Be Advised

Be advised:
The image you see in the mirror may not seem exactly as you appear.
Know what that’s called?
That’s called insecurity . . .
otherwise known as an inaccurate version of who we are.

What you look like, how you stand, speak, walk, laugh, and react;
the sound of your voice, the shape of your body, the height of your frame,
the color of your skin, the color of your hair, and the shape of your smile,
the sound of your voice, the clothes you wear, the words you choose,
and the concern you feel to laugh out loud, all may appear differently
to our perception of ourselves than it would be to someone else.

And you want to feel good about yourself . . .
You really do. You want to feel confident.
You want to fit in and feel as if you belong, as if you’re “Good enough,” or as if you have status. You want to feel desirable and beautiful. You want to be colorful and vibrant. You want to feel as though you belong on the inside of a world, which is lined by a red carpet, and closed off by velvet ropes and brass stanchions.

And you want to be loved . . .
You want to be loved as if the way you are, both inside and out is breathtaking; as if to someone out there, and hopefully to more than one person; you are wanted beyond measure.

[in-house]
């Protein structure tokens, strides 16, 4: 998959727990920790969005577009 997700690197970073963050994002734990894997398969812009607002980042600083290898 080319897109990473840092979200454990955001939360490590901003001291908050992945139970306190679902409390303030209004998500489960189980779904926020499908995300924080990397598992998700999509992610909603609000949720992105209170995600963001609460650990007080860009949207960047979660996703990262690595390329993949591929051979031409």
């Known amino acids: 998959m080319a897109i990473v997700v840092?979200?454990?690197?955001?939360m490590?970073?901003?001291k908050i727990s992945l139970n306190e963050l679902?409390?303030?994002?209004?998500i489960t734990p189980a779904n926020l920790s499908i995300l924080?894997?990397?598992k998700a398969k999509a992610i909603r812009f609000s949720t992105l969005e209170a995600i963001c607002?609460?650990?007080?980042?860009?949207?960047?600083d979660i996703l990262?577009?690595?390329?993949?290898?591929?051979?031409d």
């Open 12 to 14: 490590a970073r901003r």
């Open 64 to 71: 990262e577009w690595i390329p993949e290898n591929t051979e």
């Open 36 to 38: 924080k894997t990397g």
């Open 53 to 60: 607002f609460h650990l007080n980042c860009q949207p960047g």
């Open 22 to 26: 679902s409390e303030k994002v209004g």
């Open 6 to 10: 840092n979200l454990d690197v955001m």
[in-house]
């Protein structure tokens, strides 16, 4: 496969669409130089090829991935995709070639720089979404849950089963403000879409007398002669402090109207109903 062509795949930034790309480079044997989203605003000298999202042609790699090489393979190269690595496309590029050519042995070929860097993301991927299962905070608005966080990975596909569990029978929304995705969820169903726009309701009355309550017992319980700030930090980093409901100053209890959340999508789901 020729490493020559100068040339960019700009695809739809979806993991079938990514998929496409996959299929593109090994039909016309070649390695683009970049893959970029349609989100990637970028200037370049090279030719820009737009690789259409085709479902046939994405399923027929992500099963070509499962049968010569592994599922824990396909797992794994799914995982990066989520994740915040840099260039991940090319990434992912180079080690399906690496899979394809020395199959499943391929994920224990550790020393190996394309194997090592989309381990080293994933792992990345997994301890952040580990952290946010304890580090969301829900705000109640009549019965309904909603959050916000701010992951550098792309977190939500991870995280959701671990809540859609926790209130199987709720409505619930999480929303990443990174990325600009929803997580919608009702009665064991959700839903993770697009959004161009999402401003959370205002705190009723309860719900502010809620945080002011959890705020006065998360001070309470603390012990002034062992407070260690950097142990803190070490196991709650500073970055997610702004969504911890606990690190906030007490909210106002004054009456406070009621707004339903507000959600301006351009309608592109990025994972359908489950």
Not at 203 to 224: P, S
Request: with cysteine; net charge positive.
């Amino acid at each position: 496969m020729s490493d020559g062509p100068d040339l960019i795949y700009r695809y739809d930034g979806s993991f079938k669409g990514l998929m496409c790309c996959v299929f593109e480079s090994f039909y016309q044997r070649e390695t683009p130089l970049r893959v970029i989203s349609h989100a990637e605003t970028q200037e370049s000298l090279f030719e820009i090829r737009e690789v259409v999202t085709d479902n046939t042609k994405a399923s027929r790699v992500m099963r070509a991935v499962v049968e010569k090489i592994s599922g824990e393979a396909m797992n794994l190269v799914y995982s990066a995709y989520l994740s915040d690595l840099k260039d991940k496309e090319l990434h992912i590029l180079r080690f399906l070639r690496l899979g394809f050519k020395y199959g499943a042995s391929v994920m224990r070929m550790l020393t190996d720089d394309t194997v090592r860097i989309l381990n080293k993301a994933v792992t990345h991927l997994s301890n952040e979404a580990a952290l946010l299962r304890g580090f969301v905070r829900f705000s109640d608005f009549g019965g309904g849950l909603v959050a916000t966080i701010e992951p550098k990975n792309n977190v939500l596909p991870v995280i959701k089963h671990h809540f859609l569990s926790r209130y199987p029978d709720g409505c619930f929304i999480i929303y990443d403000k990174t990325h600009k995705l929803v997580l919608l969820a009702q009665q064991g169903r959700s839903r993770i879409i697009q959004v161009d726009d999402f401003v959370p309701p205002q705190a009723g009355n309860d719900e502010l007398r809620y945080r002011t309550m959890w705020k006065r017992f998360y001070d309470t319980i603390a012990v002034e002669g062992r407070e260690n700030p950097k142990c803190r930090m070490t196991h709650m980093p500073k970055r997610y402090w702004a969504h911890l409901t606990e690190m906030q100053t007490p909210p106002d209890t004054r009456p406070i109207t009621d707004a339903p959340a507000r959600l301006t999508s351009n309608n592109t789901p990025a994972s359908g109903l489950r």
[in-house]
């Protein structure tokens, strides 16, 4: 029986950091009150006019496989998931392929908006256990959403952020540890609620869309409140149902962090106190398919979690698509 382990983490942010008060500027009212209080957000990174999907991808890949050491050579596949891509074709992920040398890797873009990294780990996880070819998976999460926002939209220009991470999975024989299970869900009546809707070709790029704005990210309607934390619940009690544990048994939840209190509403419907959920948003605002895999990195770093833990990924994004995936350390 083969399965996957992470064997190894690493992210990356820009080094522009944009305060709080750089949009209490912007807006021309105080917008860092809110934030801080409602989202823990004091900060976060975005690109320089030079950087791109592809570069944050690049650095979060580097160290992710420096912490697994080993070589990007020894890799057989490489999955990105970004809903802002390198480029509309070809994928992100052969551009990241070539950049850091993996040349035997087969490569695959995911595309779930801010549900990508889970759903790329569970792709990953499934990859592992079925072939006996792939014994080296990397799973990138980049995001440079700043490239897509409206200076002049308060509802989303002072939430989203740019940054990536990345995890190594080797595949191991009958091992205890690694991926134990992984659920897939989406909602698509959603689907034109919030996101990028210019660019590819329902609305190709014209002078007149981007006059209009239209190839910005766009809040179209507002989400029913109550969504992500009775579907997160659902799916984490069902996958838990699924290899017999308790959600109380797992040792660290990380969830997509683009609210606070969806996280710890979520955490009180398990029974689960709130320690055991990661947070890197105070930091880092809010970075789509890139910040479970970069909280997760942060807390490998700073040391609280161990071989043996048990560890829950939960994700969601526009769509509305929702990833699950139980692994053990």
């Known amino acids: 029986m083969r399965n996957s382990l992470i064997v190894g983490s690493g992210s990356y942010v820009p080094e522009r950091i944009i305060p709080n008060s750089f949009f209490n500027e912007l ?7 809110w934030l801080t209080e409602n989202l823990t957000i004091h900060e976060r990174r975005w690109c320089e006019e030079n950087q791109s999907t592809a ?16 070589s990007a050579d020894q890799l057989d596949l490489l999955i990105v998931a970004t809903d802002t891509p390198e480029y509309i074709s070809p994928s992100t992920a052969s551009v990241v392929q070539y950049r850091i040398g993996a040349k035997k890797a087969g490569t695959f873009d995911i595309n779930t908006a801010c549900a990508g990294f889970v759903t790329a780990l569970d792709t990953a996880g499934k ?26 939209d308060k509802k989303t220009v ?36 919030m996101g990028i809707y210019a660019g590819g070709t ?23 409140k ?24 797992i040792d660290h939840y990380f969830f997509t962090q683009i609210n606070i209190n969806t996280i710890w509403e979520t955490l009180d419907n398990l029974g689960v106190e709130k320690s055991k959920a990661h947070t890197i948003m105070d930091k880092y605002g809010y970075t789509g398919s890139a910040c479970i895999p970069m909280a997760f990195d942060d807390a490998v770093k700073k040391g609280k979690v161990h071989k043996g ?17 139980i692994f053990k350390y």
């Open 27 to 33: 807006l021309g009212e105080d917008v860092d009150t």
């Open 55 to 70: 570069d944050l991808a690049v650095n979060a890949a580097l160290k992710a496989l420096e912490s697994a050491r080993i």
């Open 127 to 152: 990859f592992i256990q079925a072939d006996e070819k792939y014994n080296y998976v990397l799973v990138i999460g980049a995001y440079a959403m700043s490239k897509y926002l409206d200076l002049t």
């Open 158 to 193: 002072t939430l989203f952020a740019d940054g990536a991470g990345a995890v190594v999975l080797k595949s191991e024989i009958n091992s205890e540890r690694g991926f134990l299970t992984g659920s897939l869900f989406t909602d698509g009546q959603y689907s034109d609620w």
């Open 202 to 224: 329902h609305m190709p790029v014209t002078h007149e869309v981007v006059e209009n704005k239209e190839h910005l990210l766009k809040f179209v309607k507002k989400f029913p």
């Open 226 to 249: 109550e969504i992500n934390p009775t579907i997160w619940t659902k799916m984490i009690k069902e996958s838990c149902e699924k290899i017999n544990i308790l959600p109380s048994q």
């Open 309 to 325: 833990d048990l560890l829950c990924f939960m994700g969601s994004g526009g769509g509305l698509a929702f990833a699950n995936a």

We learn about the misconceptions of beauty at a young age. We learn about the plastic pieces that come together and make an inaccurate puzzle to decipher whether we are beautiful or not.
The lessons we learn come during our childhood. They come with inaccurate images of what’s acceptable—or better yet, they come in inaccurate descriptions of the one thing everyone wants to be, which, in a word is simply beautiful.

We grew up wrong . . .
We grew up believing lies, such as beauty is limited to a predetermined size or shape. We were taught young and separated into different divisions of socially acceptable. We were divided into different tiers of cool—we were split in sections of who’s who and what’s what.

Think about it . . .  
Think about the school cafeteria.
Think about the tables you sat in and how one side belonged to one group and the other side belonged to another.

Think about this . . .
There are three parts to a cafeteria. On one side are the athletes and the prom queens. You have the pretty and the socially desired. This is only one side of the popular crowd.
The other side of the cafeteria is popular too, but they represent the troublemakers. They are equally pretty in their own way, but they wear different fashions and perhaps more they are rebellious than the “Pep rally” sort.

Between the two sides is the middle. Between them are shades of color that fade from bright lights of social victory to the faceless and socially stagnant members of an unknown class.  

And you want to be a part . . .
You really do.
You want to be anything but stuck in the middle
or faceless and unknown.

I spent much of my life feeling irredeemable when in fact;
all I wanted to be is beautiful.

Be advised:
The image you see in the mirror may not seem exactly as you appear.

It took decades for me to understand and redefine my definitions of beauty
It took time for me realize that anyone with an ugly inside can only be average at best, regardless to how pretty they may seem on the outside.

But more importantly . . .
it took decades for me to decide that I will no longer be defined
by someone else’s description of beauty.

And at last . . .

I am beautiful

 

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